Egypt court quashes Red Sea islands' transfer to Saudis

Tiran IslandImage source, Hady Messaddy
Image caption,
Tiran is the larger of the two islands which have been ceded to Saudi Arabia

An Egyptian judge has quashed a government decision to hand control of two Red Sea islands to Saudi Arabia.

Egypt's President Abdul Fattah al-Sisi announced that Tiran and Sanafir would be transferred in April, during a visit by Saudi Arabia's King Salman.

More than 150 people were jailed in connection with protests over the deal, though many were later acquitted or had their sentences reduced on appeal.

The Egyptian government has said it will challenge Tuesday's ruling.

Tiran and Sanafir are uninhabited and located at the mouth of the Gulf of Aqaba, a strategic part of the Red Sea bordered by Israel, Jordan, Egypt and Saudi Arabia.

Egyptian troops have been stationed there since 1950 at Riyadh's request.

Image source, AP
Image caption,
Hundreds of people took to the streets of Cairo in April to protest against the islands' return

Mr Sisi's decision in April to cede control of them to Saudi Arabia sparked widespread criticism.

The president was accused of violating the constitution and "selling" the islands in return for a multi-billion dollar aid package unveiled by King Salman during his visit.

But Mr Sisi insisted that Tiran and Sanafir had always belonged to Saudi Arabia.

On Tuesday, Egypt's State Council, an administrative court, issued a verdict annulling April's maritime borders agreement between Cairo and Riyadh.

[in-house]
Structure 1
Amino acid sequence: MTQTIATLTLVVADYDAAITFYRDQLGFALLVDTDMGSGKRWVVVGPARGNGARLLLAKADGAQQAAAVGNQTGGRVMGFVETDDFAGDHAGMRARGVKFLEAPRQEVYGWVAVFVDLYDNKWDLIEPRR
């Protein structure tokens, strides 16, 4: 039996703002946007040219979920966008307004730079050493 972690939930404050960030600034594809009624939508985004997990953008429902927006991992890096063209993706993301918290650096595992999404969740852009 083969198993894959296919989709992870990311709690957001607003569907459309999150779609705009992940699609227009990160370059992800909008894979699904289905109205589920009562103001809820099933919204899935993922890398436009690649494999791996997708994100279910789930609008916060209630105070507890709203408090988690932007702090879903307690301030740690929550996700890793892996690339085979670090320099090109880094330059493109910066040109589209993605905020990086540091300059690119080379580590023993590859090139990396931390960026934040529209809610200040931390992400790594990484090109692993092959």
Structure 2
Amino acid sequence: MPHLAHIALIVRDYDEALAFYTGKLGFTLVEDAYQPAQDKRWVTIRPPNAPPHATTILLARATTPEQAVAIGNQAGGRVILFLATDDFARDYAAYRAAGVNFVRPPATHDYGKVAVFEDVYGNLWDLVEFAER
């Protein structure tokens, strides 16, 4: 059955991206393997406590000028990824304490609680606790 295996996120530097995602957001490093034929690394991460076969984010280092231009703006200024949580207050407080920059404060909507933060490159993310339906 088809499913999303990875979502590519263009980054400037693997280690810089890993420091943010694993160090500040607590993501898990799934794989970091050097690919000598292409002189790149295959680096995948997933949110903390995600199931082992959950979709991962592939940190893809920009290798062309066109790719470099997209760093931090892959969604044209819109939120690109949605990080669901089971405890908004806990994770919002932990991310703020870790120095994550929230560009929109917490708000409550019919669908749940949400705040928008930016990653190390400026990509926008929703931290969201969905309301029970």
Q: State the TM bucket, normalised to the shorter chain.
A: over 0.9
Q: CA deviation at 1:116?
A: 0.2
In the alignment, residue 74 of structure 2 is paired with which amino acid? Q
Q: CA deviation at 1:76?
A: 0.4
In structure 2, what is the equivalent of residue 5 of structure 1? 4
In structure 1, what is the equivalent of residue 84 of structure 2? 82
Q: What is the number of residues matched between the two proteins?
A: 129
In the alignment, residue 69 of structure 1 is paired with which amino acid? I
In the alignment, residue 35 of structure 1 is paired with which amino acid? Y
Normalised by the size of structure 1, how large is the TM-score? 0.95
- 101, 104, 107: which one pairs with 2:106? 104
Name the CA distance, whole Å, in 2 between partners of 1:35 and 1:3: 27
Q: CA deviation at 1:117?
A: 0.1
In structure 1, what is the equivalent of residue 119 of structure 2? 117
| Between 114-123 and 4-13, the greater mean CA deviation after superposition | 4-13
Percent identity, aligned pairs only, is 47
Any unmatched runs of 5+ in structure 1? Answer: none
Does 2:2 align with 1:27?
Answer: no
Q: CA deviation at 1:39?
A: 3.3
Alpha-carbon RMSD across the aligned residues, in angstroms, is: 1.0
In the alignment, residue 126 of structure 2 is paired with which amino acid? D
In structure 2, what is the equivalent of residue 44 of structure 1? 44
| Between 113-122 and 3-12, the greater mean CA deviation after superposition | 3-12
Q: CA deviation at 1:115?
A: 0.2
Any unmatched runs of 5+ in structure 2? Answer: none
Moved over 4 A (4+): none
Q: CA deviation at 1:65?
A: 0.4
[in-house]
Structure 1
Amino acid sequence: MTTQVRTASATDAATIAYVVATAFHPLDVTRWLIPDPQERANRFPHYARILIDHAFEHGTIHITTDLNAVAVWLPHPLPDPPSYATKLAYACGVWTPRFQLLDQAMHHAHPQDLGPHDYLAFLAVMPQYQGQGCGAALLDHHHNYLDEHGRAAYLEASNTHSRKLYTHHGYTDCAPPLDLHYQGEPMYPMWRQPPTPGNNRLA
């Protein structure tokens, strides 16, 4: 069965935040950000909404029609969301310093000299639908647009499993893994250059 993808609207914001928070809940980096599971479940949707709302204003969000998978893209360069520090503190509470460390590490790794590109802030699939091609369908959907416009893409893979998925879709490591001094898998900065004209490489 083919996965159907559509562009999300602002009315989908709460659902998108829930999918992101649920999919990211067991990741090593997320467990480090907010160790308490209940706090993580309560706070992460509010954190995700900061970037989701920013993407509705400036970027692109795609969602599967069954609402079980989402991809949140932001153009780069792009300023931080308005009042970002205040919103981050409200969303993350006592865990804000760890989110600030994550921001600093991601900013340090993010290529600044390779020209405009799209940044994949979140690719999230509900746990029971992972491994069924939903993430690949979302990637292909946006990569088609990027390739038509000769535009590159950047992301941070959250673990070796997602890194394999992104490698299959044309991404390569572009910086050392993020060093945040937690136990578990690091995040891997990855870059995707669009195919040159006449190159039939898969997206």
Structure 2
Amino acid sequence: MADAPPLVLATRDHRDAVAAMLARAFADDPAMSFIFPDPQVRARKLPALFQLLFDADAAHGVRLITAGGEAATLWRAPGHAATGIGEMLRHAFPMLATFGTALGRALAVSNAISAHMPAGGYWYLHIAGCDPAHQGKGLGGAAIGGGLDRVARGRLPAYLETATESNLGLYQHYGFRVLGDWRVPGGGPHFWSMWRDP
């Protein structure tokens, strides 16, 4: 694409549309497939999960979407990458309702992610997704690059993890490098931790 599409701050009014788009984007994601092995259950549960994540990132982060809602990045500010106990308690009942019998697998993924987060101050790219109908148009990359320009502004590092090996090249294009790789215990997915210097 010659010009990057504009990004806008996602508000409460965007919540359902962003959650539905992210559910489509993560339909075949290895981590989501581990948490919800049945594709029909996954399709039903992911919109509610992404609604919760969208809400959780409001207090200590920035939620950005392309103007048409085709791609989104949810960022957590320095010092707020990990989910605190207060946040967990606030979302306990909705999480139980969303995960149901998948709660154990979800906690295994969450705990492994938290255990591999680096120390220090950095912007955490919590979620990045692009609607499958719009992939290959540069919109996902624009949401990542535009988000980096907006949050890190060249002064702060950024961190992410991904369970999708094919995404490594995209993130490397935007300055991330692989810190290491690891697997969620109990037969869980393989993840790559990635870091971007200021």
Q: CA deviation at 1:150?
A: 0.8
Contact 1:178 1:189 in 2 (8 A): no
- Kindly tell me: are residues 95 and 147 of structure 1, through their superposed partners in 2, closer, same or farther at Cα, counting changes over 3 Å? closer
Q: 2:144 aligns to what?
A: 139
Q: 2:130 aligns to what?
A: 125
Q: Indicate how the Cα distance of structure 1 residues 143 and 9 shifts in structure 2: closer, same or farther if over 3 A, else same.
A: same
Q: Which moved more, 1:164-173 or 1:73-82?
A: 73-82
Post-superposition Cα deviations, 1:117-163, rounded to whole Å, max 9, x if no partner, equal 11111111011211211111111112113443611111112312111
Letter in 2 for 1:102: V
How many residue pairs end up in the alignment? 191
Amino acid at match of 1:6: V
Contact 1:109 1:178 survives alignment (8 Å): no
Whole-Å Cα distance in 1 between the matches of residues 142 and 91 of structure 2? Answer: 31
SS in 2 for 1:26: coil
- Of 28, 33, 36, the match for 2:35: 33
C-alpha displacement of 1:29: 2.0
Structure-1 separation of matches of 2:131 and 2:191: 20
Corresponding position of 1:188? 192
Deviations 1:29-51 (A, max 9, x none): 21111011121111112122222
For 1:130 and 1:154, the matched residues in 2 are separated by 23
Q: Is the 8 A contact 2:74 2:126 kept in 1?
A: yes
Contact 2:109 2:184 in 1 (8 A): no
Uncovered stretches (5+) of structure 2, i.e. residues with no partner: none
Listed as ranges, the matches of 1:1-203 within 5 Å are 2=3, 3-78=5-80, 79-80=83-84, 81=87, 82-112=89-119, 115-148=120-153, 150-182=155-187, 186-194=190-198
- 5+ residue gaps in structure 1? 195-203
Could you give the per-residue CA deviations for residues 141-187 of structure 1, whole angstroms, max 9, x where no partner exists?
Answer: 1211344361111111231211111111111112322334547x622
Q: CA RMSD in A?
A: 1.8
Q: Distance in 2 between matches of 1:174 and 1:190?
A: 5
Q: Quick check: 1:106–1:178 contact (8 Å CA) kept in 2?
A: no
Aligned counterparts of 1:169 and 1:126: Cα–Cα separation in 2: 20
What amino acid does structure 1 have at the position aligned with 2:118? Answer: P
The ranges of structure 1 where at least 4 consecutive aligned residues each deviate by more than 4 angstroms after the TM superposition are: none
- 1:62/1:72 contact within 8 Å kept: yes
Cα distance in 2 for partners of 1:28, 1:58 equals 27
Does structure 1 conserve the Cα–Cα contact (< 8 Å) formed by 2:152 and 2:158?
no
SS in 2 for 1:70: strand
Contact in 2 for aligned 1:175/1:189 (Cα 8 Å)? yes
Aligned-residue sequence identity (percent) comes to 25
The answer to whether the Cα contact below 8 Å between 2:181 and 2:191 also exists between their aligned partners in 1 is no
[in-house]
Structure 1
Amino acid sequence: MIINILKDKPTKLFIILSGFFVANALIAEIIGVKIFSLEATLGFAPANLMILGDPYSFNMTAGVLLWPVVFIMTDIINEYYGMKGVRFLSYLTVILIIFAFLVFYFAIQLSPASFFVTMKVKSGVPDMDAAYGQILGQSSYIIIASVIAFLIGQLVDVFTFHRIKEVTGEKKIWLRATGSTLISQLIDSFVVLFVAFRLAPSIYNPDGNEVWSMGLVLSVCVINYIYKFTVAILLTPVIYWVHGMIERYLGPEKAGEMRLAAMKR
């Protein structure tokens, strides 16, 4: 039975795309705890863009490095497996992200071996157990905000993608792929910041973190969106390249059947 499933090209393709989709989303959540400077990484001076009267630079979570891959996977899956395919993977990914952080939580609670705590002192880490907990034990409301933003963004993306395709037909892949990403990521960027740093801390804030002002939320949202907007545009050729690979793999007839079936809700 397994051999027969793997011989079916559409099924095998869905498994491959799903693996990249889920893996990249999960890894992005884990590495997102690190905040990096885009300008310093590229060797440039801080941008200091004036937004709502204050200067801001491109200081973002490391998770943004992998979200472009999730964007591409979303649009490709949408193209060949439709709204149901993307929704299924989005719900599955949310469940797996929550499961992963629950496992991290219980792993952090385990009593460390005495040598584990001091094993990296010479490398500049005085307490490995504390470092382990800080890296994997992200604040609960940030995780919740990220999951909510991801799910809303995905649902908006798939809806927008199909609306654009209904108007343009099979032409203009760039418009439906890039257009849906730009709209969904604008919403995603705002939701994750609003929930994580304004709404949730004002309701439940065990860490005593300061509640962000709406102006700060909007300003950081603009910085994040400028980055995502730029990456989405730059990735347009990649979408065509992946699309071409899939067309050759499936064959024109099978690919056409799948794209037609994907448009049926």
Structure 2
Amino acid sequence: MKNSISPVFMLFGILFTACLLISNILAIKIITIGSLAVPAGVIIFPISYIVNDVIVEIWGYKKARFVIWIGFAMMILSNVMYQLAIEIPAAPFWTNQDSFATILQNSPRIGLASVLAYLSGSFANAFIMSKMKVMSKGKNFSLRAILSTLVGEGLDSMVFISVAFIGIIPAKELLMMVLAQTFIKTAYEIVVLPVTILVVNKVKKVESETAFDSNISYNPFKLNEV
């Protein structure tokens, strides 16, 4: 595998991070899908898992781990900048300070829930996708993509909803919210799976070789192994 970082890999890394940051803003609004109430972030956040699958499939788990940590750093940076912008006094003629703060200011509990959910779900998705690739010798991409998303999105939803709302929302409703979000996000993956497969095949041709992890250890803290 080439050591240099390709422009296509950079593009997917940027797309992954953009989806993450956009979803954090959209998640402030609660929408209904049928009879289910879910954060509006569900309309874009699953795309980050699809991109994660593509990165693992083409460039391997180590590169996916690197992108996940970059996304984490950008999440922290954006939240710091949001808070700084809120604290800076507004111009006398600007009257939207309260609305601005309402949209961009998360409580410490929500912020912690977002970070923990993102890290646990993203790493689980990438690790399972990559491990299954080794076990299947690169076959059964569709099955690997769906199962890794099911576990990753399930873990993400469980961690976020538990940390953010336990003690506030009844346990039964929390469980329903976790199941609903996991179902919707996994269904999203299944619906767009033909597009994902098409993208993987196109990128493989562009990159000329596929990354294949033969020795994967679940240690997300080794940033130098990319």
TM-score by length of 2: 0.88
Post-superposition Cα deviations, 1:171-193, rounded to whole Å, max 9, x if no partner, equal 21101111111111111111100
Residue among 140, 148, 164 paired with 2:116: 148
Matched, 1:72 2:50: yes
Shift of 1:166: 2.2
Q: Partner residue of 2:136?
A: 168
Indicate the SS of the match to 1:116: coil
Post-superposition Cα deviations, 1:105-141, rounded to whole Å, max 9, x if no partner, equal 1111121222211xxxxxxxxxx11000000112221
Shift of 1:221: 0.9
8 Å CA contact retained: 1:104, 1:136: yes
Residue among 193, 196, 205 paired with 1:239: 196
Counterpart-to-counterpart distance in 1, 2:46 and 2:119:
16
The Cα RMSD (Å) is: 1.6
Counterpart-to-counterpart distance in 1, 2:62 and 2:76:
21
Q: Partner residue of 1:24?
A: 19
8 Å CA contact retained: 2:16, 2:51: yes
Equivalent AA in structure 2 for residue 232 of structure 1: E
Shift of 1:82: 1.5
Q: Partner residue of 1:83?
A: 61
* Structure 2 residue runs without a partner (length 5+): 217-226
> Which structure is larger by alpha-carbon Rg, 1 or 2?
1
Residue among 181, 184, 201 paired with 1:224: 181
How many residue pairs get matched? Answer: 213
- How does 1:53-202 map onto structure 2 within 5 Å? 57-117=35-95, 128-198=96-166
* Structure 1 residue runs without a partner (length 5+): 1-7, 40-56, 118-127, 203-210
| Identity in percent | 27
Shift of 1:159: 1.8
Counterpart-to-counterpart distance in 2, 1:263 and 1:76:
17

Cheers in court: By Sally Nabil, BBC News

The maritime border agreement signed earlier this year between Egypt and Saudi Arabia took many Egyptians by surprise.

Since then, protesters have taken to the streets calling the arrangement unconstitutional, and accusing the government of giving away Egyptian territories in return for aid packages and investments worth billions of dollars from Saudi Arabia, a strong backer of President Sisi.

Some of these protesters were arrested and charged with disrupting public order. A few are still behind bars.

The lawsuit was filed by a number of prominent human rights lawyers, headed by a former presidential candidate, Khaled Ali.

When the verdict was issued, many cheered inside the courtroom, chanting "the islands are Egyptian". But the legal battle has not come to an end yet, because the decision can be appealed.

The verdict stated that the two islands would "remain under Egyptian sovereignty".

If it is approved by the country's High Administrative Court it will become legally binding.

However, the State Lawsuits Authority, which represents the Egyptian state in lawsuits, said on Tuesday evening that it would challenge the ruling, state television reported.

Mr Sisi has cracked down on all dissent since leading the military's overthrow of President Mohammed Morsi in 2013.

Since then, more than 1,000 people have been killed and 40,000 are believed to have been jailed, most of them supporters of Mr Morsi's Muslim Brotherhood.

Why the Red Sea islands matter

  • Sanafir and Tiran are islands that lie about 4km (2 nautical miles) apart in the Red Sea. Tiran sits at the mouth of the Gulf of Aqaba, on a strategically important stretch of water called the Strait of Tiran, used by Israel to access the Red Sea
  • The islands are uninhabited, apart from Egyptian military personnel and multi-national peacekeepers, since 1982
  • Egyptian troops have been stationed on the islands since 1950 at the request of Saudi Arabia
  • Israel captured the islands in 1956 and 1967, subsequently returning them to Egypt both times
  • Egyptian President Abdul Fattah al-Sisi was criticised for "selling" Egyptian territory after deciding in April 2016 to hand the islands to Saudi Arabia